The negative effects of living and fighting in a war is rife with trauma in our two leads. Every time Cassian makes the choice to kill in cold blood for the Resistance, it strips a little more of himself away. You can see it in his eyes when he kills his informant and when he speaks later of how most of the people around him have done terrible things on behalf of the Rebellion — how everything he did, every time he walked away from something he wanted to forget, he told himself it was for a cause he believed in. Saw, masterfully played by the magnetic Forest Whitaker and severely underused, has seen most of his body physically destroyed by the war, having broken off from Alliance-sponsored organized violence to form his own terrorist cell that becomes its own destructive spiral of violent extremism. Rogue One illustrates the emotional and physical tolls that war takes, which for the most part go largely unaddressed in other films. 

Many threads were sacrificed for the sake of fast storytelling, but I keep going back to what really connected it to stories on which The Force Awakens and The Last Jedi. In war, the cost is always heavy on both sides and even corrupts the most well-intentioned, with civilian loss of life the most egregious in number every time one side pokes at another to the point that entire planets are destroyed with barely any consideration from anyone. A flippant line from Benicio del Toro’s character in The Last Jedi hits hard when he callously remarks to Finn and Rose, “They blow you up today, you can blow them up tomorrow.” Even those on the side of good find themselves doing awful things in the name of their own cause. If you’re not careful, you’ll end up just as rotten as the people against whom you’re fighting.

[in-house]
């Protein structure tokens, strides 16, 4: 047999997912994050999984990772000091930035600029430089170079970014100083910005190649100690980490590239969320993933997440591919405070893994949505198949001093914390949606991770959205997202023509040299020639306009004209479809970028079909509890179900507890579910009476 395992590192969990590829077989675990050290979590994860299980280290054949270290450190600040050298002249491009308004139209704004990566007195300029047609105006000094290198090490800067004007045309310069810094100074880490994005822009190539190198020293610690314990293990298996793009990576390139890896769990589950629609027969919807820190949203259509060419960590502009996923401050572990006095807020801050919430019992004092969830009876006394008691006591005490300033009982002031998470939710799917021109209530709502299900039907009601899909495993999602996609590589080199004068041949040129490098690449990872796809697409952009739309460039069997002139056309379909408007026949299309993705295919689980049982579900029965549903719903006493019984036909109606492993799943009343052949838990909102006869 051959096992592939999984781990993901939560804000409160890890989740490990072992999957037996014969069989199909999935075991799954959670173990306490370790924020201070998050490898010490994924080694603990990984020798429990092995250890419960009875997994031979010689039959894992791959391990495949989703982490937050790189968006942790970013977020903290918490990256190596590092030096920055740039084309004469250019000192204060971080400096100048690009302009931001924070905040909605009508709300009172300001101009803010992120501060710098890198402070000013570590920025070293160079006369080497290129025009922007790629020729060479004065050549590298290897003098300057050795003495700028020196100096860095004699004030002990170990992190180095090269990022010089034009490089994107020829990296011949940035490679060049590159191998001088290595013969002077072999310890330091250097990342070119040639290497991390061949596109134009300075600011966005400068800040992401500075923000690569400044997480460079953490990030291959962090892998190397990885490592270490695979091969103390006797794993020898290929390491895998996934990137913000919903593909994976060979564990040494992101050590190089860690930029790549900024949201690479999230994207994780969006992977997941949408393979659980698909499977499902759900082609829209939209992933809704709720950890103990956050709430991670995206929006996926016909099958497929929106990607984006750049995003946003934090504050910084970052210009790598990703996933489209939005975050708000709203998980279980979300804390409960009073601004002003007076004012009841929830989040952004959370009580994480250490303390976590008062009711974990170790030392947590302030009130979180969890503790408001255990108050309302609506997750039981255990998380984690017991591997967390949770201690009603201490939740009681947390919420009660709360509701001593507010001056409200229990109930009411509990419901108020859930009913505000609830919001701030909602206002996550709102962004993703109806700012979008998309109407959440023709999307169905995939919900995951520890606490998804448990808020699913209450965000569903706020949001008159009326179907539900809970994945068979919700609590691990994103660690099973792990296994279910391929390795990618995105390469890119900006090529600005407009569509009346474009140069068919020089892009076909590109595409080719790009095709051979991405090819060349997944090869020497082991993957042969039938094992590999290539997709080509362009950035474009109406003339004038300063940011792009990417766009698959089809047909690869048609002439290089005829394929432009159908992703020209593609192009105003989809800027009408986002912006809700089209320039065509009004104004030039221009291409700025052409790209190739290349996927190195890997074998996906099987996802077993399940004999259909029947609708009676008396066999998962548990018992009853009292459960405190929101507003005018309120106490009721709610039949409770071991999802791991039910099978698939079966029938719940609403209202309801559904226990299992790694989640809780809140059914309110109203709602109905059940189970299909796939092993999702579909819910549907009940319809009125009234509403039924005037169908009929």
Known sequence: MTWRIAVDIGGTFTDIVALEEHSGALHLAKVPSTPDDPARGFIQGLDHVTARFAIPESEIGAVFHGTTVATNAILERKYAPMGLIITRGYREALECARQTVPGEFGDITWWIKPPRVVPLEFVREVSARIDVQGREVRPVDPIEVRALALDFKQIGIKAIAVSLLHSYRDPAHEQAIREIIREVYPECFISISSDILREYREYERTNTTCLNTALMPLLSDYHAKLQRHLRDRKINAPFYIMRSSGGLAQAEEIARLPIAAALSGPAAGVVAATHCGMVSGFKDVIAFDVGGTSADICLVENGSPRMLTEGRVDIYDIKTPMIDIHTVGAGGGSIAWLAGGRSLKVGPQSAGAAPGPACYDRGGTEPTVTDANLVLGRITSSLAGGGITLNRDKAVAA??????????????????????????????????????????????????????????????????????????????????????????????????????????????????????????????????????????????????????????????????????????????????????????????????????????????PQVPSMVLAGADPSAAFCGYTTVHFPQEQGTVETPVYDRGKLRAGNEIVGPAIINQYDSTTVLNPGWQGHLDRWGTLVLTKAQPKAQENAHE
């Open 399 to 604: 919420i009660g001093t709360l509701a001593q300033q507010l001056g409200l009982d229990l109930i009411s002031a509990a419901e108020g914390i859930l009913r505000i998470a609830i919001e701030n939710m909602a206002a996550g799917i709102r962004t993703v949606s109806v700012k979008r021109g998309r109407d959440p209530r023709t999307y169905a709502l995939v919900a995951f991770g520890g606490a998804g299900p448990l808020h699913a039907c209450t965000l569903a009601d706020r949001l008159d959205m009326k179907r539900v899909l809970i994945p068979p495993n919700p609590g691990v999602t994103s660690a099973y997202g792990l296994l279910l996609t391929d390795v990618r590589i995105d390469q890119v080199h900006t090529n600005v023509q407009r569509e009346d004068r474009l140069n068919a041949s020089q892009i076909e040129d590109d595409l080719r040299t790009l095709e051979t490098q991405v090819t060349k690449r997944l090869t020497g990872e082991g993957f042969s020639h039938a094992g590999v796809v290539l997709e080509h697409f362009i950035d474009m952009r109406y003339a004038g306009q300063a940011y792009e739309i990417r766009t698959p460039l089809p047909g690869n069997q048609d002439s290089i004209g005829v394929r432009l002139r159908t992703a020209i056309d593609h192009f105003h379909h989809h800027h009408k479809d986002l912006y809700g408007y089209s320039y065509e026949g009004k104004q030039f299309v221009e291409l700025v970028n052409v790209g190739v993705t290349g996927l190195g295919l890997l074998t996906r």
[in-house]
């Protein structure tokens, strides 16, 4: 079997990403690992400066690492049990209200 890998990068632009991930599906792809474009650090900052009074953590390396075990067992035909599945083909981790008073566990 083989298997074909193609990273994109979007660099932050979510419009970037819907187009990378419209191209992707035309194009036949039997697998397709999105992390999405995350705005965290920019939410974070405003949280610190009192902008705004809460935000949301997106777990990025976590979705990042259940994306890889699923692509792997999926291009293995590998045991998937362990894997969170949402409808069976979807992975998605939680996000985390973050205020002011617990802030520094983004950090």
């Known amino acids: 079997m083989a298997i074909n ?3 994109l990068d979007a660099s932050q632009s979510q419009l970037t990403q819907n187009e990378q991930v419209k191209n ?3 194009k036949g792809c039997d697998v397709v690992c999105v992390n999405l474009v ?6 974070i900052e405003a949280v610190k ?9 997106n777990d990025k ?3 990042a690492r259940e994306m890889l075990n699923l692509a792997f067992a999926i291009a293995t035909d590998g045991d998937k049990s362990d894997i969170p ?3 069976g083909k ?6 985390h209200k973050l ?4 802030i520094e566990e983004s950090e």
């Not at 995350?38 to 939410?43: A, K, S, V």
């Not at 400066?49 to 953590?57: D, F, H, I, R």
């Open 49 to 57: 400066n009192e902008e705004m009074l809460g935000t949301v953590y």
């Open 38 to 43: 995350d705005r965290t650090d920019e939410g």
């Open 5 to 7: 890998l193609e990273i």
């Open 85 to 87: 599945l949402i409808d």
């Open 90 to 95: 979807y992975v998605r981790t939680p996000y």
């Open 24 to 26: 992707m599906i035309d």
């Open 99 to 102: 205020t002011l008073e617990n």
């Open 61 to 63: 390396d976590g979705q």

Needless to say, I identified a lot with Felicity Jones’s portrayal of Jyn. A heroine who compartmentalizes and disassociates as a result of her own PTSD as an adult? For how much I love the other leading ladies of Star Wars, it was the first time I really saw myself in one of them instead of just wishing I could be more like them. Her pattern of disassociation is more explicit in Alexander Freed’s novelization since 90% of her character is all internalized, but there are still hints to it in the film. When asked about her father, Jyn’s gut response that she likes to think he’s dead because it “makes things easier” is especially telling. It’s very obvious that, like Cassian, she hasn’t dealt with the things that have happened to her at all, and you can’t help but feel for them.